Every week people talk to me about the incredible beauty of Marc Tobin’s illustrations. They go on about how much they love to read the sing-songy rhyme. Even the font is a fan favorite. It’s a combination of everything that draws them in, but it’s the character-building lessons that seem to leave a lasting mark. They can’t thank me enough for the meaningful messages carefully woven into each of the entertaining storylines. Our values and morals have been called into question in recent times, and it’s become crystal clear that people want nothing more than to get back to basics. It’s these compassionate statements made by the parents and grandparents, educators and therapists, and of course the children themselves, which have given us the absolute confirmation that Lilly the Lash is something quite exceptional.

Marketing is every entrepreneur’s challenge. How do people learn about your books?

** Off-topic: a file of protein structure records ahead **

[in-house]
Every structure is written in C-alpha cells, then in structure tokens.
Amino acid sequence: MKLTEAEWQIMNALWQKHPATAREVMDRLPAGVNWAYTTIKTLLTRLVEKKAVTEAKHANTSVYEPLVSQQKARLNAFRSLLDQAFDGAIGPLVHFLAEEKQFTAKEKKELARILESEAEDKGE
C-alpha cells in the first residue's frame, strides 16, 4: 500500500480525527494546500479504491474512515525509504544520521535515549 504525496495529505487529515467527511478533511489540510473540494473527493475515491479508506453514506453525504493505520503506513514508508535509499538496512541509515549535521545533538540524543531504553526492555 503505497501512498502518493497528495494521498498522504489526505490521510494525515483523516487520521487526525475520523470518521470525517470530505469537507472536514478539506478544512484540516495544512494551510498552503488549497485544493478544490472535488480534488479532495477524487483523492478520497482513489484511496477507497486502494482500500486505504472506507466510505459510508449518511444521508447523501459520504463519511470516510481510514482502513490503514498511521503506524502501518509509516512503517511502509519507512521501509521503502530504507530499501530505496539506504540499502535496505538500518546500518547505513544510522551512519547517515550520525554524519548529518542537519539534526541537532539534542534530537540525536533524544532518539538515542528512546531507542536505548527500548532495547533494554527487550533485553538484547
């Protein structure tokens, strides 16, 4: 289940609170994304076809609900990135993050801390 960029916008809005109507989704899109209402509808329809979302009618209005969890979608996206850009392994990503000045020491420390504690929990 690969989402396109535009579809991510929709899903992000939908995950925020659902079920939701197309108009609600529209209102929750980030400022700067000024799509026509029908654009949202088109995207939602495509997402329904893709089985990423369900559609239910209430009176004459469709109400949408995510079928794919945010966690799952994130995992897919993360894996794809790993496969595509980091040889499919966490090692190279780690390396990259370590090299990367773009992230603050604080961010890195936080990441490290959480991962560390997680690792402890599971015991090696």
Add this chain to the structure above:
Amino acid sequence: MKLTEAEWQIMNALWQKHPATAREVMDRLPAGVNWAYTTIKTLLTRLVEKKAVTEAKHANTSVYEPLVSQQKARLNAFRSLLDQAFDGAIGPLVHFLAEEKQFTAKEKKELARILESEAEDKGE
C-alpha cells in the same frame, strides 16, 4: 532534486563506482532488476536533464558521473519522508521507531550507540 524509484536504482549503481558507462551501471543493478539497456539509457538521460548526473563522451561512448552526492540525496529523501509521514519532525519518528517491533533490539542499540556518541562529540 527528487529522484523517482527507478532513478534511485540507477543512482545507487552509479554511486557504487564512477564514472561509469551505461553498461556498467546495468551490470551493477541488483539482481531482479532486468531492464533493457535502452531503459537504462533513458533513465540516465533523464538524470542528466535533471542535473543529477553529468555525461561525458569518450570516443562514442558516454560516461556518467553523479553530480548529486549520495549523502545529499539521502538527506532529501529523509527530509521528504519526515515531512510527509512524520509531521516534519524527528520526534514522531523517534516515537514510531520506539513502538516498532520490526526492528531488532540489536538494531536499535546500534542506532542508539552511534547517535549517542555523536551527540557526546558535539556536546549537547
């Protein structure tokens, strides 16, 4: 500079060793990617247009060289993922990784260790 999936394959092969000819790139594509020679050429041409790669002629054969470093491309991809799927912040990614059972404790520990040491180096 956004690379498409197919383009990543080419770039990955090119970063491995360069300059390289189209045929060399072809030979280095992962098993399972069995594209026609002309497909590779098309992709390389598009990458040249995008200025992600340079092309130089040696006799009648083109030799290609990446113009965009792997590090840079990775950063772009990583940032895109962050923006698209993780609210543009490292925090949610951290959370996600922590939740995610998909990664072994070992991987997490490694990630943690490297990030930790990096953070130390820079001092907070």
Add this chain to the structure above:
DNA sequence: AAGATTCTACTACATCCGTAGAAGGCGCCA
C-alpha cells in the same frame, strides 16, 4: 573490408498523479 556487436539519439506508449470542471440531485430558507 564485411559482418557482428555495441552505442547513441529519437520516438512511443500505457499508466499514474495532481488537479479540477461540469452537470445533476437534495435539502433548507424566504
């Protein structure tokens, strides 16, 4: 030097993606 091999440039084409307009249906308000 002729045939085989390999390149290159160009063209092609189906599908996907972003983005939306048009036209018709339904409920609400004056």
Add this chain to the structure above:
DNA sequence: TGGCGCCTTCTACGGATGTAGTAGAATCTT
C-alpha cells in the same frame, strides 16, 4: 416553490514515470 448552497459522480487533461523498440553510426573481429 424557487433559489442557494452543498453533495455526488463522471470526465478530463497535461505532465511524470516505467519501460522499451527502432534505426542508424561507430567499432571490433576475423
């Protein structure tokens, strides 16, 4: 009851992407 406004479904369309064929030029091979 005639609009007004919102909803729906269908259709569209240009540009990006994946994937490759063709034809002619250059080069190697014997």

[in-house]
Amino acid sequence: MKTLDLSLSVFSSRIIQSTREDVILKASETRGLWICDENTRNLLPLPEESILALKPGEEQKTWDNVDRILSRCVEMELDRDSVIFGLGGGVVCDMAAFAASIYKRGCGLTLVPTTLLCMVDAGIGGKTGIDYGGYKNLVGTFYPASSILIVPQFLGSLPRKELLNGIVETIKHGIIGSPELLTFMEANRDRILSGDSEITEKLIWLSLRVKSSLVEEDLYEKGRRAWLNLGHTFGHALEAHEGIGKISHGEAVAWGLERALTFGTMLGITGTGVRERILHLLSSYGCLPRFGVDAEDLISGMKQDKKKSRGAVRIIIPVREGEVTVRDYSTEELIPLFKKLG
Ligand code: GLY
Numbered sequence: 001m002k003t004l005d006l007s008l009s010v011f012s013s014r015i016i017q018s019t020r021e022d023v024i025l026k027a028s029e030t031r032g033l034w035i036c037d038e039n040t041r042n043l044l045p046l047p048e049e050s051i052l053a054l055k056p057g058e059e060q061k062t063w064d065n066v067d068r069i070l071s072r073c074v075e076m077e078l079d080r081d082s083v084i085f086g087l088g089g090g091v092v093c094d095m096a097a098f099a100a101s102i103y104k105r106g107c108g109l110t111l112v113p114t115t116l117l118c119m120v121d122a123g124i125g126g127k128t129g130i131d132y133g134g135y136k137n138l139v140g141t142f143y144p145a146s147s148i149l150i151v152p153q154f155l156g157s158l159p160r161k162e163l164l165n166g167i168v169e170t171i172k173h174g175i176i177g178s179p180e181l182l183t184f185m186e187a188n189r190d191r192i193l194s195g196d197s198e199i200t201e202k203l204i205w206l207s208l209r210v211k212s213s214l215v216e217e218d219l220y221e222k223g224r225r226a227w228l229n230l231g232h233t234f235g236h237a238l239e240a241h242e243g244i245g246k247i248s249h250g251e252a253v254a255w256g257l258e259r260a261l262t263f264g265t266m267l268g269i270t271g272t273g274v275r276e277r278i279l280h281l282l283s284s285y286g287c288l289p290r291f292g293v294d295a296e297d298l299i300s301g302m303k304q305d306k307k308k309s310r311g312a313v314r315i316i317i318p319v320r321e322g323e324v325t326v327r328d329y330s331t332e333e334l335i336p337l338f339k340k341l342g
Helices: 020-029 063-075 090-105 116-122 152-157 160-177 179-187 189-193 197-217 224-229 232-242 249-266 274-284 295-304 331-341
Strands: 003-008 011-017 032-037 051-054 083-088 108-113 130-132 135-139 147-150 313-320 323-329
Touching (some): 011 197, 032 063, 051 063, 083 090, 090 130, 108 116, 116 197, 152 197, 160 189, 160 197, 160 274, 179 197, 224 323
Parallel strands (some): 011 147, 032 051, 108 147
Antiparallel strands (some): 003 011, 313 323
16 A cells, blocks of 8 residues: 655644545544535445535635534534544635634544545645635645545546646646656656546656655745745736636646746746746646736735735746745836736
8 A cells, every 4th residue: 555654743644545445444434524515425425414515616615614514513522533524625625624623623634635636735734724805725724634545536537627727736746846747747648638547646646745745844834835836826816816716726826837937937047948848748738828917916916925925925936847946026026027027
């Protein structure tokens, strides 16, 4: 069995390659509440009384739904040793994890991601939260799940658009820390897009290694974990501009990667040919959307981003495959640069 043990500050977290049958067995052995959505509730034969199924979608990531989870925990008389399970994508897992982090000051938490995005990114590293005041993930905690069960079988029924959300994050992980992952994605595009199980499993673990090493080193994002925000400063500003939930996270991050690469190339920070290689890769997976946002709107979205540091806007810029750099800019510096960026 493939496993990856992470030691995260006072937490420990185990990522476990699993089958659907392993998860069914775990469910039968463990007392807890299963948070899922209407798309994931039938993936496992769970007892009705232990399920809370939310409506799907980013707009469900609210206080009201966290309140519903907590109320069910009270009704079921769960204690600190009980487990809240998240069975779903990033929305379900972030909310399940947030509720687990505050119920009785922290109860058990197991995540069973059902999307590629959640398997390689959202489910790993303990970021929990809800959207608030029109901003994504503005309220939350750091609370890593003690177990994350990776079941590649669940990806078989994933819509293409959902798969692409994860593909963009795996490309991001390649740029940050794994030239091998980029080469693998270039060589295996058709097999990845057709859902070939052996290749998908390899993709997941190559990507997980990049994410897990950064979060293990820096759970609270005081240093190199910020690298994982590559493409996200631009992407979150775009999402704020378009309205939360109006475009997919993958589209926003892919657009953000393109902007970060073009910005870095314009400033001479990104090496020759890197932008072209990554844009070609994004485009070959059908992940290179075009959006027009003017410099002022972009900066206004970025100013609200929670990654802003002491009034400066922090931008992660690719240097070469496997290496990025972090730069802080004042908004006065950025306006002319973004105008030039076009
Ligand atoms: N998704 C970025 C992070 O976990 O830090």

Lilly the Lash’s website is a major link for our customers, as it’s utilized for the sale of the books and for access to the free educational activities provided for each book. Having said that, a product’s website can only be successful if the consumer knows the website exists. So early on I decided to take a grass-roots approach by introducing the books to the public through book signings at art and craft shows. This was, and still is, the most effective and direct way to connect; however, you can only meet so many people in a day. Social media, blogging, community calendars, daytime television programming, newspaper and magazine articles, radio interviews, and speaking engagements are all an intricate part of our marketing strategy.

Does everything you try work?